The bill received exactly the 12 “yes” votes needed for the 23-member committee’s approval. Six members voted against it, one abstained and others were absent.
The passage with no votes to spare could presage a lively debate as the bill reaches the floor of the full House on Thursday. The Senate voted 35-11 last week to approve the bill.
Hogan administration officials say the $5 billion package would give the state a clear advantage over others trying to woo the second headquarters and its anticipated 50,000 jobs, and they’re bullish on their odds. They call it a once-in-a-generation economic development opportunity.
“We are incredibly well positioned, and I’d argue better than anybody else, to be the landing spot for Amazon’s HQ2,” Chris Carroll, the governor’s policy and legislative director, told the House Ways and Means Committee.
Carroll said Amazon expects to make a decision by year’s end, and if Maryland lawmakers approve the incentive package, it will put the state ahead of others with legislative schedules that don’t allow them to do likewise. (Amazon chief executive Jeffrey P. Bezos owns The Washington Post.)
“That allows Amazon to confidently choose Maryland because they know that our incentives are in place,” Carroll said. This would come on top of the area’s other advantages for Amazon, he said, such as good schools and infrastructure.
Of the final 20 locations on Amazon’s list of potential picks, there are three in the Washington region, including Montgomery County. The others are in Northern Virginia and the District.
But some lawmakers look skeptically on Amazon’s potential arrival, considering already overcrowded public schools and overtaxed transportation systems.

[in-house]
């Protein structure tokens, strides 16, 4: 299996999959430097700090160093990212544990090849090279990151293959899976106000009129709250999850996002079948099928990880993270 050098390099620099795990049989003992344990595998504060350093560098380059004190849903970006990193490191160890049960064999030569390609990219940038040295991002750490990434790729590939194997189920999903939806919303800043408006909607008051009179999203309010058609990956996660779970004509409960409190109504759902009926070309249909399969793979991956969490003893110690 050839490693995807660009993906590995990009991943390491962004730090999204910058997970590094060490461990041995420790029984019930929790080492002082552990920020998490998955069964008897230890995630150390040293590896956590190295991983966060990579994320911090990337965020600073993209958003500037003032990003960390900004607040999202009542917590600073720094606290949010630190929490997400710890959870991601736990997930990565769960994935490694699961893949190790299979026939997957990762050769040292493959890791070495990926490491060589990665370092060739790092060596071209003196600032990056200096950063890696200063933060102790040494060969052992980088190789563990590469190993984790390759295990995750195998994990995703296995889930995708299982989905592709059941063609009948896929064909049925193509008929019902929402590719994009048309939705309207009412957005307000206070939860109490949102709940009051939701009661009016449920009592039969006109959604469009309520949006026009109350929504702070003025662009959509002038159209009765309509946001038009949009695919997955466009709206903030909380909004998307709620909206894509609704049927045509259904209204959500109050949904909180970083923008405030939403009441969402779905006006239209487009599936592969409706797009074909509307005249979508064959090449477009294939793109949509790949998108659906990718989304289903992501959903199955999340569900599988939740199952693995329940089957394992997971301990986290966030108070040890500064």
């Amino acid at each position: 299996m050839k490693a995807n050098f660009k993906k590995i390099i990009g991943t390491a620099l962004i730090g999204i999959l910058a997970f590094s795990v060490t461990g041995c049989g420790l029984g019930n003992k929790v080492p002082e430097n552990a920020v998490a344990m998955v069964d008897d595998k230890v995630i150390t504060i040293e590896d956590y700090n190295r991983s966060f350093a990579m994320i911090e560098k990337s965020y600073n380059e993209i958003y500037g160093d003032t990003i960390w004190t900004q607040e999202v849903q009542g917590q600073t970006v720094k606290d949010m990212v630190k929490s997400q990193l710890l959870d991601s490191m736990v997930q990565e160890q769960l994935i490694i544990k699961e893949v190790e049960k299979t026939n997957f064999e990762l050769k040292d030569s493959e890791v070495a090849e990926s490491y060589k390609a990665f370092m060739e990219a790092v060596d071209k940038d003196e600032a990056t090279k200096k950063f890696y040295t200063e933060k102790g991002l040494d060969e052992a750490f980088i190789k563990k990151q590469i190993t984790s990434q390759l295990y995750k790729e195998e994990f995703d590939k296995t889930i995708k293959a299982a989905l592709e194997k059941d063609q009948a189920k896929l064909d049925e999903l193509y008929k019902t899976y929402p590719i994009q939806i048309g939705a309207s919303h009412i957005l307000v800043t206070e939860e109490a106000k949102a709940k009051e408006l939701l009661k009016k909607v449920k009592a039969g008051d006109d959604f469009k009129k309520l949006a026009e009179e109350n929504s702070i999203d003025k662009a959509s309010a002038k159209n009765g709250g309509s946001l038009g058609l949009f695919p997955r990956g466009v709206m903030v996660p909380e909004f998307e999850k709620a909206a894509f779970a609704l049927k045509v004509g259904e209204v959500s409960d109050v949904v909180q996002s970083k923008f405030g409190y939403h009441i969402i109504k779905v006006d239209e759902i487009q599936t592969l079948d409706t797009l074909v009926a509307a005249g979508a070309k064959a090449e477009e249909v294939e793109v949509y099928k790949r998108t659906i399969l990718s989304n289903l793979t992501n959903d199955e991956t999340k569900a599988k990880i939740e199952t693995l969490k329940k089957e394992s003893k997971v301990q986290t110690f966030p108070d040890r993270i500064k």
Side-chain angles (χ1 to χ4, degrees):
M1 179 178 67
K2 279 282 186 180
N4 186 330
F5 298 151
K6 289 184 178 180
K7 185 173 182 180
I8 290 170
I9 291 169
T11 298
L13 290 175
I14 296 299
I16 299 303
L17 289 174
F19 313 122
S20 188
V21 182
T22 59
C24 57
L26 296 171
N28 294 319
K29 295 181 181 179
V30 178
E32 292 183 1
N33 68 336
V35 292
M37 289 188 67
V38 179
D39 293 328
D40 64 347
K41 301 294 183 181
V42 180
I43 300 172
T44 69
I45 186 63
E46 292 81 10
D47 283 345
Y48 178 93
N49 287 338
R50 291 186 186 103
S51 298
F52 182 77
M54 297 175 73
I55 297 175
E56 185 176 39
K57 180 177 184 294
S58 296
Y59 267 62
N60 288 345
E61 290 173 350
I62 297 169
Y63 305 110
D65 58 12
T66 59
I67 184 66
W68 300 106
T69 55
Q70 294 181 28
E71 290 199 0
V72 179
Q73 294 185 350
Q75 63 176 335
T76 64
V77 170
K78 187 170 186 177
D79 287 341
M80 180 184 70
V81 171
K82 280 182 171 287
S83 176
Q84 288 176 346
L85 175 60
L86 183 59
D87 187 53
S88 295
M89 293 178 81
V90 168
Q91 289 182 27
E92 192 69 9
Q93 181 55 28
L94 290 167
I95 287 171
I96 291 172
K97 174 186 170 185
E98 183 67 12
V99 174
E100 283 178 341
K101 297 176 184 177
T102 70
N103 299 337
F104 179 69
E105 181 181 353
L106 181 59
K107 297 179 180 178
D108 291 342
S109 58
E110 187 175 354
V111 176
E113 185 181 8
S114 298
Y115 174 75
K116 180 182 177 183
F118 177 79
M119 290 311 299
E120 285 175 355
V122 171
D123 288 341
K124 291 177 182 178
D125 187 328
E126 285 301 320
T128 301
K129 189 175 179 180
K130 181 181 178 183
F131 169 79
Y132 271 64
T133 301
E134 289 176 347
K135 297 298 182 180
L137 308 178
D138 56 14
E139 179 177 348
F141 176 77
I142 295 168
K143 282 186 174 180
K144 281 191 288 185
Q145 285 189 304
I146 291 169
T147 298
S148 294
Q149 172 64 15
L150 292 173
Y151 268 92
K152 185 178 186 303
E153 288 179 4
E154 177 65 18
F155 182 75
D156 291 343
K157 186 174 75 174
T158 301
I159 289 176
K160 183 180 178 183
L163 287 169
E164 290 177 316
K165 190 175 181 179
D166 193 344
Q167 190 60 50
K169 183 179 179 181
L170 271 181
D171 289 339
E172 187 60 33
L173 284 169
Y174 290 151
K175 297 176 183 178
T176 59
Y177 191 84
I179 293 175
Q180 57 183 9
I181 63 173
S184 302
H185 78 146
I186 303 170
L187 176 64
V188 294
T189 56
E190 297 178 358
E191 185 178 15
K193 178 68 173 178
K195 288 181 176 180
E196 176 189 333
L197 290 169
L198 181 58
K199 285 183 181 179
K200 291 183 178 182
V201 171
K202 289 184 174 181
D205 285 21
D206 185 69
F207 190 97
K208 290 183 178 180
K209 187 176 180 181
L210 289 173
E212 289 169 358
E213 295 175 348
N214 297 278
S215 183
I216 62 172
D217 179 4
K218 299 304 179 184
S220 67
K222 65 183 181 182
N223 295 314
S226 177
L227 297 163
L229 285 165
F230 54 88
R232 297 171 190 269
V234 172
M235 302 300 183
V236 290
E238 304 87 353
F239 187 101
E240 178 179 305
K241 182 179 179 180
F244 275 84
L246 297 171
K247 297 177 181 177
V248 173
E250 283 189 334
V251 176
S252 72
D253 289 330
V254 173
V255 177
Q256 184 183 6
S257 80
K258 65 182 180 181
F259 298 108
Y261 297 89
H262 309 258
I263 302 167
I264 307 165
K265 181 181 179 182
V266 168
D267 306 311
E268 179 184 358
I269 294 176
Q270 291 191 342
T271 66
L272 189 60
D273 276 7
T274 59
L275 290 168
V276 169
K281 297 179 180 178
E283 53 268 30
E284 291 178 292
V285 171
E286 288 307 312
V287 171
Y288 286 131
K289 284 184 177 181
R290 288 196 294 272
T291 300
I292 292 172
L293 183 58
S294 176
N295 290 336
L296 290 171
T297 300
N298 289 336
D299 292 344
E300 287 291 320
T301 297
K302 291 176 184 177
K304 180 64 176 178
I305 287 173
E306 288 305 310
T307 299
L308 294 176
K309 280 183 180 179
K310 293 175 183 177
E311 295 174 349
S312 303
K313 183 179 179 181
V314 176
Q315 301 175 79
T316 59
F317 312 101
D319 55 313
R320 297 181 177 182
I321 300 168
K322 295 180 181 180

“Montgomery County has so much economic development, they have so much high-tech in the county now,” said Del. Frank S. Turner (D-Howard), vice chairman of the committee and one of six “no” votes. “How is this going to fit if we do get Amazon there?
“It’s something we need to think about now, not after they come,” Turner added.
Del. Jimmy Tarlau (D-Prince George’s) agreed, saying the state shouldn’t compete with others to see who can cut the biggest break to big corporations.
“Amazon doesn’t need the money,” he said. “It makes billions of dollars, and we’re just adding to their profit line.”
Other lawmakers spoke in support of the package, but questioned whether it was the right amount.
“How do we know that we shouldn’t go further or even smaller, and how do we know they won’t come back and ask for more,” said Del. Alonzo T. Washington (D- Prince George’s), who voted yes.
Del. Nick Mosby (D-Baltimore) offered an amendment to the bill requiring Amazon to periodically report on how it delivers on promises.
“I just don’t want to get caught up on a flashy object,” Mosby said. “Having zero checks and balances associated with the legislation for a 17-year period of time to me is misguided.”
Hogan administration officials responded that the state would monitor Amazon’s performance. But after Mosby’s amendment failed to win support, he voted against the bill. “We need to err on the side of caution,” Mosby said.
Hogan administration officials said the package is modeled after a bill the General Assembly passed last session awarding a 5.75 percent tax credit to companies that create new manufacturing jobs. In Amazon’s case, with 50,000 new jobs contemplated, that percentage generates huge numbers.
The bill offers Amazon $3 billion in tax credits and exemptions. The state does not have to put up any money in advance. Instead, for 10 years it would divert back to Amazon a portion of employees’ paychecks that would have gone to state income taxes. The governor’s plan also calls for $2 billion in transportation upgrades.
The Hogan administration touts an economic impact report that projects the Amazon project over time would boost wages in the state by $7.7 billion annually and increase total economic activity by $17 billion.
The study, by the Sage Policy Group, also said the Amazon project would generate $483 million in state taxes each year. At that rate, it would roughly cover the cost of Hogan’s $5 billion incentives package in less than 11 years.
Del. Eric G. Luedtke (D-Montgomery), who voted in favor, predicted that with no bill, there’ll be no Amazon. With passage, he said, “The worst that happens is we don’t lose anything, and the best thing that happens is 50,000 new jobs.”